With immense competition all around Mullingar, value-for-money and an extremely personal service are vitally important in staying ahead of the rest. "I would in fact say it is the most competitive town I have ever been in because of the population and what you have feeding into it", remarks Doyle. Aligning with the Londis Plus brand has also offered a wider selection of products to customers which sit alongside a number of locally produced products. "We support a huge range of local companies, a lot of local bread and cake companies, strawberries grown in Mullingar, bedding plants all grown in Mullingar and mushrooms; it really is right across the board".


When asked about the future, Doyle shot down the possibility of opening other stores. "I spent too much time trying to go between stores before so the future plan would be to grow this one to its maximum [potential]". Doyle would like to create a store that resembles some of the super-sized multiples and offer customers everything they need under one roof. "Long term I would like to expand it to offer an all-encompassing package. The same way you go into some of the super-size stores and you can go in and have your coffee or go into the chemist, it is all under one roof. I think that is the way forward for us, if a customer wants to come in and sit down in the restaurant they can, if they want to do their shopping they can do their shopping. It is just to give customers the complete one-stop-shop." Doyle may follow in Jim Marshall’s footsteps and buy adjacent houses or gardens to expand the business in the future to include everything he would like to get into the shop. "If there is a service or extra that I can fit in the box I will try to do it", he says.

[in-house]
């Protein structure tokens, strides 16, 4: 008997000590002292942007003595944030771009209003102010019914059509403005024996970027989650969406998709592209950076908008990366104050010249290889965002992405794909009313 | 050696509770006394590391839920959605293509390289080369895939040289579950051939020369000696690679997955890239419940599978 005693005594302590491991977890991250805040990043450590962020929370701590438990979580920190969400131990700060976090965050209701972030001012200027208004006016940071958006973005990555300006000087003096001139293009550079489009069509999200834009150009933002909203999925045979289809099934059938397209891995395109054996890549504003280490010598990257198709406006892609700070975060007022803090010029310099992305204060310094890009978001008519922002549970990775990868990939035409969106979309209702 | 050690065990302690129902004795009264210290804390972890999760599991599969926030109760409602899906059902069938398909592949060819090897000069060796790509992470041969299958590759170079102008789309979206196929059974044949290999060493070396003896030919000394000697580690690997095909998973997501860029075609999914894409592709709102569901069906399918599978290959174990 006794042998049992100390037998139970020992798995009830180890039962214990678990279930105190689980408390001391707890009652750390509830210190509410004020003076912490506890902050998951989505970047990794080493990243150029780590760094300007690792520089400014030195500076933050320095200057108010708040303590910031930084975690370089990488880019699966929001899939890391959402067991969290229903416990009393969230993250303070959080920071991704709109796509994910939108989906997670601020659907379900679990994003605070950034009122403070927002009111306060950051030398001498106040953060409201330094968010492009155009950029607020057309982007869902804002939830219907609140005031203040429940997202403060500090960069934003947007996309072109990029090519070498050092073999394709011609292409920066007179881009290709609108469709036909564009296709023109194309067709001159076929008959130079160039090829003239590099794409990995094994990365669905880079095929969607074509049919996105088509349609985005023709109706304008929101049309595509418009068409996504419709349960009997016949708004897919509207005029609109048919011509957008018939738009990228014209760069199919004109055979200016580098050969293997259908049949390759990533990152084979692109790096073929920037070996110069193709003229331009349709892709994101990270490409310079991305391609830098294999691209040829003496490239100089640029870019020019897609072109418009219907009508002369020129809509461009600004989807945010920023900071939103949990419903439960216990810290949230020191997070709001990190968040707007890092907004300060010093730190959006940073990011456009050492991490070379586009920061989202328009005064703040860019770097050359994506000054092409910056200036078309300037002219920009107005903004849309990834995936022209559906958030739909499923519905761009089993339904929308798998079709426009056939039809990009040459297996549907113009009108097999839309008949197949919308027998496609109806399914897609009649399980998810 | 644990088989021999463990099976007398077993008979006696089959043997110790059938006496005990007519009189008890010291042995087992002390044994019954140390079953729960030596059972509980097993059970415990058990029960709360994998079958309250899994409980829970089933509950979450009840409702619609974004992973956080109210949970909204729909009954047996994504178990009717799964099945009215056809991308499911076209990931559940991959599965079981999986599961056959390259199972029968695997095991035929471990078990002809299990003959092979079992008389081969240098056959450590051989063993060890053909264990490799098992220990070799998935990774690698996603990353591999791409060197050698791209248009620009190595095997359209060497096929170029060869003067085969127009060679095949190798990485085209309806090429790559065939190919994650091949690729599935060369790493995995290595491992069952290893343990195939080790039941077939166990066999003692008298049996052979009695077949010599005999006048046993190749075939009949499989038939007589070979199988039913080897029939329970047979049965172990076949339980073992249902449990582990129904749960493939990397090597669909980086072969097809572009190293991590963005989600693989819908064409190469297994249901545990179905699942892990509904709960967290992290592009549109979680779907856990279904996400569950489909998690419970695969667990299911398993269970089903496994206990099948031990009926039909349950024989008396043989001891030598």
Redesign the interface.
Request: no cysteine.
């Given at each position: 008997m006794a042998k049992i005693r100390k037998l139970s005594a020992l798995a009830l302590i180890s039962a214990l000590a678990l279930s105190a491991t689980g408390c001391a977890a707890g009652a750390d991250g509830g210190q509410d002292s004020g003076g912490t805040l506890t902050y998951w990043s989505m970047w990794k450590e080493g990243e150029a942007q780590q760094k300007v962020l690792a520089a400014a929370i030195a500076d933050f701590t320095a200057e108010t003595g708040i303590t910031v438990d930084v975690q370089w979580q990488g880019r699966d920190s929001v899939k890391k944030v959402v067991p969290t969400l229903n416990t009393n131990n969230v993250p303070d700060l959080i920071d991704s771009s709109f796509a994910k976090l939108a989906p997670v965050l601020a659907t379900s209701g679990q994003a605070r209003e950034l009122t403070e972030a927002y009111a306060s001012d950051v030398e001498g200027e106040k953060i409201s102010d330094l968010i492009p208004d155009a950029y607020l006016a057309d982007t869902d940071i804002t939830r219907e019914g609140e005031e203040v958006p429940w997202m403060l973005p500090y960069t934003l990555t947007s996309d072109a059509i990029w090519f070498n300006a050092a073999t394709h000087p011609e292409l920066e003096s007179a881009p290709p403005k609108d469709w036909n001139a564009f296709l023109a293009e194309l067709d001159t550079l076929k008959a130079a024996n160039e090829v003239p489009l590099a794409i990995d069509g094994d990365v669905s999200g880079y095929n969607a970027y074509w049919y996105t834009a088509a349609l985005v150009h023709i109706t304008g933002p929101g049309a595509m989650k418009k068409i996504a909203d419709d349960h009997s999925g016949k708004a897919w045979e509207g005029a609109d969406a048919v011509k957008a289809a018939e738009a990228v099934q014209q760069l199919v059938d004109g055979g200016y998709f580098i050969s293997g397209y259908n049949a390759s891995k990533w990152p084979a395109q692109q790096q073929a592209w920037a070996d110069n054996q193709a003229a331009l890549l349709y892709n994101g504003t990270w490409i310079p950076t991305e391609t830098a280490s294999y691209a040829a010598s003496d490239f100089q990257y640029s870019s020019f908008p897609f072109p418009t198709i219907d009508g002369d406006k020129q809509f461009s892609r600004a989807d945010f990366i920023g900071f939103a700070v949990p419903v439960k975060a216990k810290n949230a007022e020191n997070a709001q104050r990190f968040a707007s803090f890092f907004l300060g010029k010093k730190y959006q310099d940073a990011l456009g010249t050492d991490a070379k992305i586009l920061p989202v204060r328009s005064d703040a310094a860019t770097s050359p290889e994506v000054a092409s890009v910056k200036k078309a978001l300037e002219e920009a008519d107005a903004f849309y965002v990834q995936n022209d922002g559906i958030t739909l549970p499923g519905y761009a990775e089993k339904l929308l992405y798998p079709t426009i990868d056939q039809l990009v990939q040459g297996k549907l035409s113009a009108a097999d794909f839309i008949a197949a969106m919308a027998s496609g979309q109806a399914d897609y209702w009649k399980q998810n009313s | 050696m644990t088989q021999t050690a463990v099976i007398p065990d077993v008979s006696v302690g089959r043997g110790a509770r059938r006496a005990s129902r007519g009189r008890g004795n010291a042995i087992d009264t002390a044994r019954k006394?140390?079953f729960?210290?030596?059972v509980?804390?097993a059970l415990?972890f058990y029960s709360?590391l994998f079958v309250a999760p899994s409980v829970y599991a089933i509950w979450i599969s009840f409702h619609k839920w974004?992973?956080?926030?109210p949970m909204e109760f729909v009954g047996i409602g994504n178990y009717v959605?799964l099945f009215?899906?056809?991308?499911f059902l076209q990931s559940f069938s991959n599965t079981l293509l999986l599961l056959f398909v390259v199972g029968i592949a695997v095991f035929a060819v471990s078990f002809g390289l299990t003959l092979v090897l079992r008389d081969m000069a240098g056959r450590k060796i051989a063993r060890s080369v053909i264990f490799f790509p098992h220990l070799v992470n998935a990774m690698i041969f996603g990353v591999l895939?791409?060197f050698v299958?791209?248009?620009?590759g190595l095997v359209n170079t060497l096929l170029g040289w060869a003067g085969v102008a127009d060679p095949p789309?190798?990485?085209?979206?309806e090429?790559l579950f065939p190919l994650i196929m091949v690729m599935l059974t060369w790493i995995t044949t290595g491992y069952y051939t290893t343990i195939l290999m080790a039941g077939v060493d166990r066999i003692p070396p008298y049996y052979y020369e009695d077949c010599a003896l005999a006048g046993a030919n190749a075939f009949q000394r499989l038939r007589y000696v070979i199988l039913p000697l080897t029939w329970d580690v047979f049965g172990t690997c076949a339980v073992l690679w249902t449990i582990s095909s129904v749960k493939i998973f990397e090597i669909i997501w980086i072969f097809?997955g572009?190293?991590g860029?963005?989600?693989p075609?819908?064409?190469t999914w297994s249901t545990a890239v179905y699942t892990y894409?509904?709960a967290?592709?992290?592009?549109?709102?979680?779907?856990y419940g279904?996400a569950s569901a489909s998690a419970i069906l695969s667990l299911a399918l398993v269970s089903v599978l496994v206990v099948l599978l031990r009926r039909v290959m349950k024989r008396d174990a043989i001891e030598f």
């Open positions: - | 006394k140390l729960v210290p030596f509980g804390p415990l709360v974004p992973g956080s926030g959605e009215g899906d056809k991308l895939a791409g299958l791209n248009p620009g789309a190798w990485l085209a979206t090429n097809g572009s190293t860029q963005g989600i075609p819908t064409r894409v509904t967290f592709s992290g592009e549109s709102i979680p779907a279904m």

While the future includes expansion to the store’s services, community development is also very important in its evolution. It is important to develop the connection with the community further and that the history of great customer service remains for years to come.